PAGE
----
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Best things to do in warsaw
Plenty of things to do and see
Museum of King Jan III's Palace at Wilanów
Wilanów Palace is a true pearl of Baroque architecture in Warsaw. Learn about King Jan III Sobieski, who successfully fended off the Turks in the battle of Vienna and who lived in Wilanów with his beloved Marysieńka. Take a walk in the park and tour the palace interiors; see the portrait gallery and listen to stories of great romances. The building and the park have both kept their original form, despite the partition, war, and occupation. Wilanów Palace is a must-see when visiting Warsaw. In the wintertime, the venue, illuminated with thousands of lamps, transforms into the Royal Garden of Lights.
POLIN Museum of the History of Polish Jews
The POLIN Museum restores the memory of the rich, thousand-year shared history of two peoples: Poles and Jews. The interactive exposition will take you on an incredible journey across centuries. You’ll have the chance to walk the streets of a pre-war Jewish shtetl and discover how Polish and Jewish cultures have intermingled. The edifice of the museum is itself an architectural attraction and a landmark of modern Warsaw.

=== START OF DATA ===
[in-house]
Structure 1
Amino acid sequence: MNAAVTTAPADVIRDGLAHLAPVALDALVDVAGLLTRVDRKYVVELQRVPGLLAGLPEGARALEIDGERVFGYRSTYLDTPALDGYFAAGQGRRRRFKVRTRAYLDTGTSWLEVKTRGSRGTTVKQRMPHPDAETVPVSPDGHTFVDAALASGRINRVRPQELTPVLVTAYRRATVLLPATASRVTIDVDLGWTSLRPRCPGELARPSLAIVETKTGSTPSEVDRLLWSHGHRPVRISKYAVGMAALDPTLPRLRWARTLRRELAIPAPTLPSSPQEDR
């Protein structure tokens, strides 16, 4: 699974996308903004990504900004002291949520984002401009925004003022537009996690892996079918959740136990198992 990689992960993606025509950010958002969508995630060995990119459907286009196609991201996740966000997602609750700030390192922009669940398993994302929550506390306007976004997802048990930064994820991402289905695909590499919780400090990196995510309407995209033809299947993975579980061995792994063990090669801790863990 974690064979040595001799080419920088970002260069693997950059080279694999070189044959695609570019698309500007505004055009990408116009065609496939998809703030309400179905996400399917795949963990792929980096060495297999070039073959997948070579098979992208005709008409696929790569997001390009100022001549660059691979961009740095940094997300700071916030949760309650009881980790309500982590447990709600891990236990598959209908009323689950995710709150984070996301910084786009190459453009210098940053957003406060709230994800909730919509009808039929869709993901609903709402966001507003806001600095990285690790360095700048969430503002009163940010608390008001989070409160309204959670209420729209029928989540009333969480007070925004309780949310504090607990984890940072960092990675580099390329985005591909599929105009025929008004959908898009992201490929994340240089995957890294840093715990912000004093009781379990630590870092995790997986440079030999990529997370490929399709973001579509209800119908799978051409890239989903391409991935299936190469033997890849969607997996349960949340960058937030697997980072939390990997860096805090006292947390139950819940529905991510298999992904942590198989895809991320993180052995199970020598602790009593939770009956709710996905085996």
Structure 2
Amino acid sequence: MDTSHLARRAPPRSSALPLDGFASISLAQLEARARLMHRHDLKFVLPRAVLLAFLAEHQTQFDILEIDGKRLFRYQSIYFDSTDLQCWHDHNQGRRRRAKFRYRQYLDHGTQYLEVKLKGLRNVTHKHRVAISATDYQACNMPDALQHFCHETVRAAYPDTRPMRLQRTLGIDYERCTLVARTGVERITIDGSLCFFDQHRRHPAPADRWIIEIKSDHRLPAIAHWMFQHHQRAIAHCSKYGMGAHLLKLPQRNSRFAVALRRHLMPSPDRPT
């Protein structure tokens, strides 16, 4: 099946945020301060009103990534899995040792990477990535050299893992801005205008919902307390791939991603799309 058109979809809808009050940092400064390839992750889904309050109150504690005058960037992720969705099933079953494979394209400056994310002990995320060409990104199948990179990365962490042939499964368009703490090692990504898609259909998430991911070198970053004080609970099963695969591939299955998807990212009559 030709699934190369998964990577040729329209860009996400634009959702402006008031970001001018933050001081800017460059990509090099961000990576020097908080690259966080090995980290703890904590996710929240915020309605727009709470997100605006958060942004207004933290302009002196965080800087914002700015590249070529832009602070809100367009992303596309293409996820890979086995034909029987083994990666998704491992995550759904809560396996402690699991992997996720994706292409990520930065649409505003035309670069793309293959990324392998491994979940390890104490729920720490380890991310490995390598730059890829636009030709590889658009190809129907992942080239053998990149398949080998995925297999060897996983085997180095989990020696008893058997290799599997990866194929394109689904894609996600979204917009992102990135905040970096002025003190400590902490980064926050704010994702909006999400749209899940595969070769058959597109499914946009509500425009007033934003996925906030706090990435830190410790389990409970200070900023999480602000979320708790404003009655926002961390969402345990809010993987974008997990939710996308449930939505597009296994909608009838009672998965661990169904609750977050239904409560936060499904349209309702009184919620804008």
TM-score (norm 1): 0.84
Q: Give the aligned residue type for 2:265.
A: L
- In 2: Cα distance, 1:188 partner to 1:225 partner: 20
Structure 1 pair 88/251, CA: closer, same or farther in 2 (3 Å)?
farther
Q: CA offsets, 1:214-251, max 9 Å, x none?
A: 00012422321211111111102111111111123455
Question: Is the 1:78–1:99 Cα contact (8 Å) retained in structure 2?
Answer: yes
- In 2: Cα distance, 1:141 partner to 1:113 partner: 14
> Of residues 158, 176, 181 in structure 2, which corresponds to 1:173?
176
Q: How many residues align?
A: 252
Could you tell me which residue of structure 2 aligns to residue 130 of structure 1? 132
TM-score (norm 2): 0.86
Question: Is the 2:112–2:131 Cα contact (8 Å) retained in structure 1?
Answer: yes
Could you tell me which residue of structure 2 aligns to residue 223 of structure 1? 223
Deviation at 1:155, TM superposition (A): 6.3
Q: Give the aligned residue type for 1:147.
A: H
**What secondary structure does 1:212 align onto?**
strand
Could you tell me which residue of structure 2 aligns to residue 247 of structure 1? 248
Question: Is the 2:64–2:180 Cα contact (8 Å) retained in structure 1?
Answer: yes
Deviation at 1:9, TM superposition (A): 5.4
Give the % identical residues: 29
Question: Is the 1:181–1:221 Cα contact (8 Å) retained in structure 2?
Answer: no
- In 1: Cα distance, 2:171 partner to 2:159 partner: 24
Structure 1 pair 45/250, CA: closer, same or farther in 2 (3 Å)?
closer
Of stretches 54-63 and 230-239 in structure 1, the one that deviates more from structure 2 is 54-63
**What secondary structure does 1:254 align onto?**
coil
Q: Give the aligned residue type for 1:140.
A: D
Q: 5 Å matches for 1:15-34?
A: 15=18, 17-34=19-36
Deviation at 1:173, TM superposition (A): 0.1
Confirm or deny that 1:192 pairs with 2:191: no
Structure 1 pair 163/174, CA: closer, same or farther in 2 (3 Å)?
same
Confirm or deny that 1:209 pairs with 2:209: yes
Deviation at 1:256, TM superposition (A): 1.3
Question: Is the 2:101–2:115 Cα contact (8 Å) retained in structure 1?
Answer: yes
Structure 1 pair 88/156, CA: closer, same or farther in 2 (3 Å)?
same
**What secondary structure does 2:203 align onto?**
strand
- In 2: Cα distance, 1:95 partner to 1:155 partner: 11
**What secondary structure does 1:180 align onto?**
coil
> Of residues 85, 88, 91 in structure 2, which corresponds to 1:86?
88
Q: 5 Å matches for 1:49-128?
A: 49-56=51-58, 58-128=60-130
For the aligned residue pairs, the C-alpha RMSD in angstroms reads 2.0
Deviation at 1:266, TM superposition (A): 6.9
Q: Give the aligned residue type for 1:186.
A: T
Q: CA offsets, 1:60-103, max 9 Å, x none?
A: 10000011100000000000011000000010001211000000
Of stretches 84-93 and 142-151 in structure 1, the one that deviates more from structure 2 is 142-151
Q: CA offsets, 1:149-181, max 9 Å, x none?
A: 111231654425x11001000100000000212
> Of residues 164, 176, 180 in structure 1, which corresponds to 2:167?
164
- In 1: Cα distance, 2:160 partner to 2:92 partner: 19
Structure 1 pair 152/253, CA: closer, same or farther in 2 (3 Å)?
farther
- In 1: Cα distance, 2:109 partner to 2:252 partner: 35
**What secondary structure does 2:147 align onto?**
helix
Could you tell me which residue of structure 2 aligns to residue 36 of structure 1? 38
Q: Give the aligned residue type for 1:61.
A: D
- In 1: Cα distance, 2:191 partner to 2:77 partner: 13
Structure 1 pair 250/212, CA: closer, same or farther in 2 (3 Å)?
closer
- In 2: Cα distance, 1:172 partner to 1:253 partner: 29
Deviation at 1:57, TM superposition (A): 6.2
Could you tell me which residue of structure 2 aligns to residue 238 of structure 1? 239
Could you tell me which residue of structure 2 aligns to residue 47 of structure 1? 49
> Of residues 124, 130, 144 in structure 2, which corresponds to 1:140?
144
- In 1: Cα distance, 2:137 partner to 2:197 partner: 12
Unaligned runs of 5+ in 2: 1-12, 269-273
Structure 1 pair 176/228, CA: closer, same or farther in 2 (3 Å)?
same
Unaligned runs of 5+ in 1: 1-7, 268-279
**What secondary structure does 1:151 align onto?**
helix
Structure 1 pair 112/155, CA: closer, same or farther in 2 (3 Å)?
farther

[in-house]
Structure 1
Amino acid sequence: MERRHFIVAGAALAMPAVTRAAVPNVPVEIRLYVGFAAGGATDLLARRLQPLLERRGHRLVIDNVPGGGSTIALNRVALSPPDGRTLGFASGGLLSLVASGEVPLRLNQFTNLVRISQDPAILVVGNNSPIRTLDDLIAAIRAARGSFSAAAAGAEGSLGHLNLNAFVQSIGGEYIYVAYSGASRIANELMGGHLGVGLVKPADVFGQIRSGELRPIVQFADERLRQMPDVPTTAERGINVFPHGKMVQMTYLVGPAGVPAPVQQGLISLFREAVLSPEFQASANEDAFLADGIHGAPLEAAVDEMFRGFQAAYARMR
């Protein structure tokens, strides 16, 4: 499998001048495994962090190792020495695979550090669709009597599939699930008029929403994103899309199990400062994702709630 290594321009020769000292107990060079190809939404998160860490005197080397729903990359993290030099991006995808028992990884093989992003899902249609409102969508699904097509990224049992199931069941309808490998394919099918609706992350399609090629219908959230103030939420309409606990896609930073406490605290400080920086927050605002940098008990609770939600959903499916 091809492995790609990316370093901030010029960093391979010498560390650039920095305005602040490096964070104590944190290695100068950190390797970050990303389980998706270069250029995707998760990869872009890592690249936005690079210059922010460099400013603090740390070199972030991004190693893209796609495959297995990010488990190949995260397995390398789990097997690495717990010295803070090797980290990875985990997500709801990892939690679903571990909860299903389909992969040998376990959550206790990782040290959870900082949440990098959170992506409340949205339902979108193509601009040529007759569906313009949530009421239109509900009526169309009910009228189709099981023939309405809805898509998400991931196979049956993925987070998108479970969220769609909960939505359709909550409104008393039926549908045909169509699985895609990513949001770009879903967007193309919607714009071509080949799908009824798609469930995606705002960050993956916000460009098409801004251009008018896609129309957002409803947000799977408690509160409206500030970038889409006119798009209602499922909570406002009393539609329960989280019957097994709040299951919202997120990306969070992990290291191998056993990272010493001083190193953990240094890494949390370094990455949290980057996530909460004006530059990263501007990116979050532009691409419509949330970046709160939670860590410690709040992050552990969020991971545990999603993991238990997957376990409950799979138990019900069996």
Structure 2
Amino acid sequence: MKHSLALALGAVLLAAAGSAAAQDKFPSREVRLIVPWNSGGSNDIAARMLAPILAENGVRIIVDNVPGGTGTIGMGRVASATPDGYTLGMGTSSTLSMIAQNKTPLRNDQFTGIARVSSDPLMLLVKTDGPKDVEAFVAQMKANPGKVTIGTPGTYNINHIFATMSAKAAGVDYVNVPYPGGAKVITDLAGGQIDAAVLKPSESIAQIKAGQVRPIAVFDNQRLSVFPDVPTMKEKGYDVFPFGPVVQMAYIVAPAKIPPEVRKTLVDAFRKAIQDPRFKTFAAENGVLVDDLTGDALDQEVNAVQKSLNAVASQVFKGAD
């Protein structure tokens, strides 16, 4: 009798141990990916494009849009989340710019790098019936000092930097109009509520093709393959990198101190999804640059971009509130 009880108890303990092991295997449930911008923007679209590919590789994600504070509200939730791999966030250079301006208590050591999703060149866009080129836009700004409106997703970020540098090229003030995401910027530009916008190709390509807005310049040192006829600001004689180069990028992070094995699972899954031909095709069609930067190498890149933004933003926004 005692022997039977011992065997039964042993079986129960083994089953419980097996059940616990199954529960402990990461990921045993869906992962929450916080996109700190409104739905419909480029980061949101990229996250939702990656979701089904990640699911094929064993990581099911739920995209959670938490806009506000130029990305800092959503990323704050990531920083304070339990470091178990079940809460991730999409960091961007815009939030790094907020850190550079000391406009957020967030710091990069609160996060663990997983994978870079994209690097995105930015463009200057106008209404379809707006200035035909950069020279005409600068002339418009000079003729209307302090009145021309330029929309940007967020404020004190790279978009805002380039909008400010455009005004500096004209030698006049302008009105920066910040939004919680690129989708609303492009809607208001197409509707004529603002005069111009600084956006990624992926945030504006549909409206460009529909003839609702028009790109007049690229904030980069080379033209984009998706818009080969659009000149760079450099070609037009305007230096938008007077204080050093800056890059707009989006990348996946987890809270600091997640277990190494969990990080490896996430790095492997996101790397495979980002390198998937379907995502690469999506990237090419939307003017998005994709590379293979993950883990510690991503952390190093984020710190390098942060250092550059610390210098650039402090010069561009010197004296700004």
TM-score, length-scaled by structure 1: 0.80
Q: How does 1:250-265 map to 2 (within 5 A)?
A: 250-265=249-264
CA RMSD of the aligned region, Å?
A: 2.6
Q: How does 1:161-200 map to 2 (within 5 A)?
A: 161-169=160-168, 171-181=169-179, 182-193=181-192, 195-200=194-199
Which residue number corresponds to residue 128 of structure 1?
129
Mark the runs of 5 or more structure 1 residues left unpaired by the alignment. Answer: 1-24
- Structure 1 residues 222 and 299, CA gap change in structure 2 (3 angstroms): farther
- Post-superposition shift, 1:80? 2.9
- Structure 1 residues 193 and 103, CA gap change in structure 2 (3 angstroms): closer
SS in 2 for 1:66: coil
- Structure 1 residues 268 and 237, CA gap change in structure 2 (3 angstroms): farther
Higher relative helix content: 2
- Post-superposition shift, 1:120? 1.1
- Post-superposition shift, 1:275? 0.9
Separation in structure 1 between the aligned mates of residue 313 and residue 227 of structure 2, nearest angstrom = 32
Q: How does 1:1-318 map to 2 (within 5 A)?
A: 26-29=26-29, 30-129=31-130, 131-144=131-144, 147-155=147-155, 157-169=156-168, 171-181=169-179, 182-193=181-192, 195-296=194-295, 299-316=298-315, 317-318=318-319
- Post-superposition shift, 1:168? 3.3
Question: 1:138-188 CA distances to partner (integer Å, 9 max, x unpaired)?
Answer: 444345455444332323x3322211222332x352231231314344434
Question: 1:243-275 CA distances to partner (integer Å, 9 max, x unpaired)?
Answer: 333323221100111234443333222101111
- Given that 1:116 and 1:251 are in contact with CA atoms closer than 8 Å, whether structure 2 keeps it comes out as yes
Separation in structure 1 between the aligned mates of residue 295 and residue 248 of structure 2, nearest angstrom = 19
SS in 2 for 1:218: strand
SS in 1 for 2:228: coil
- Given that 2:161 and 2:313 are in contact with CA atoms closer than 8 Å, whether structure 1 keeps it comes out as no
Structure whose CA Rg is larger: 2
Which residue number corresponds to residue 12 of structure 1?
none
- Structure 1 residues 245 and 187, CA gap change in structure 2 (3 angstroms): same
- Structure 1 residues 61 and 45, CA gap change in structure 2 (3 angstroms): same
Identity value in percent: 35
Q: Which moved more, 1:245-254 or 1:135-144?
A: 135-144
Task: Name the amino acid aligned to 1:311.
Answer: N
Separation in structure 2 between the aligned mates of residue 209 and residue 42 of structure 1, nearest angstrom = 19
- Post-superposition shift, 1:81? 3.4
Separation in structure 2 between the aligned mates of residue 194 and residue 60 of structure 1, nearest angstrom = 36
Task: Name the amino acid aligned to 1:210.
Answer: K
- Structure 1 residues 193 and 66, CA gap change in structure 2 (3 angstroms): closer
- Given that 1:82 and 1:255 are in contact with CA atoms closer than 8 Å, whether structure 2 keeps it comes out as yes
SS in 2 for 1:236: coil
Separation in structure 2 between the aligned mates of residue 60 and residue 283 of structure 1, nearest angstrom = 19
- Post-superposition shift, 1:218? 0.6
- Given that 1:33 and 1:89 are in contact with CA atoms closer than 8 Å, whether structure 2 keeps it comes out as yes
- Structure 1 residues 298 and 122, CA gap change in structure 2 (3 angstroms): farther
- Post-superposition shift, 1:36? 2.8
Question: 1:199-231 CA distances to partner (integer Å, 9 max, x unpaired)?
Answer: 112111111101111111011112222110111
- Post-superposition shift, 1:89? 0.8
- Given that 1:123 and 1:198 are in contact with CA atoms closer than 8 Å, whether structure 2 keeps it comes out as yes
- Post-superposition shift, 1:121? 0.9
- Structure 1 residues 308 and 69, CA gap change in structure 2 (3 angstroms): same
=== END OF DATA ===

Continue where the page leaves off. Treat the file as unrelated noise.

Łazienki Royal Park
The vast park surrounding the summer residence of the last Polish king, Stanisław August Poniatowski, is where Varsovians like to go for longer walks. The park is home to a winter garden, an amphitheatre, and even a Chinese garden. The biggest attraction, however, are the park’s permanent residents: the squirrels and peacocks. Another site worth seeing is the classicist Palace on the isle, with its enchanting interior design and gallery of paintings. The park is famous for its Chopin concerts, which take place from mid-May to the end of September every Sunday at noon and 4 pm. Come lounge on the grass and enjoy the music.
The Warsaw Rising Museum
This interactive museum is an exceptional place to gain a deeper understanding of Warsaw’s history. It was founded in commemoration of an event that profoundly changed the city: the Warsaw Uprising of 1944. Listen to the oral accounts given by insurgents, go down into the sewers — similar to the ones that insurgents used to move around the city – and see The City of Ruins, a bird’s-eye view of Warsaw burnt to the ground. Don’t forget to see the murals painted by Polish artists on the Wall of Art. The museum building is interesting in its own right since it was previously an old electric power plant for trams.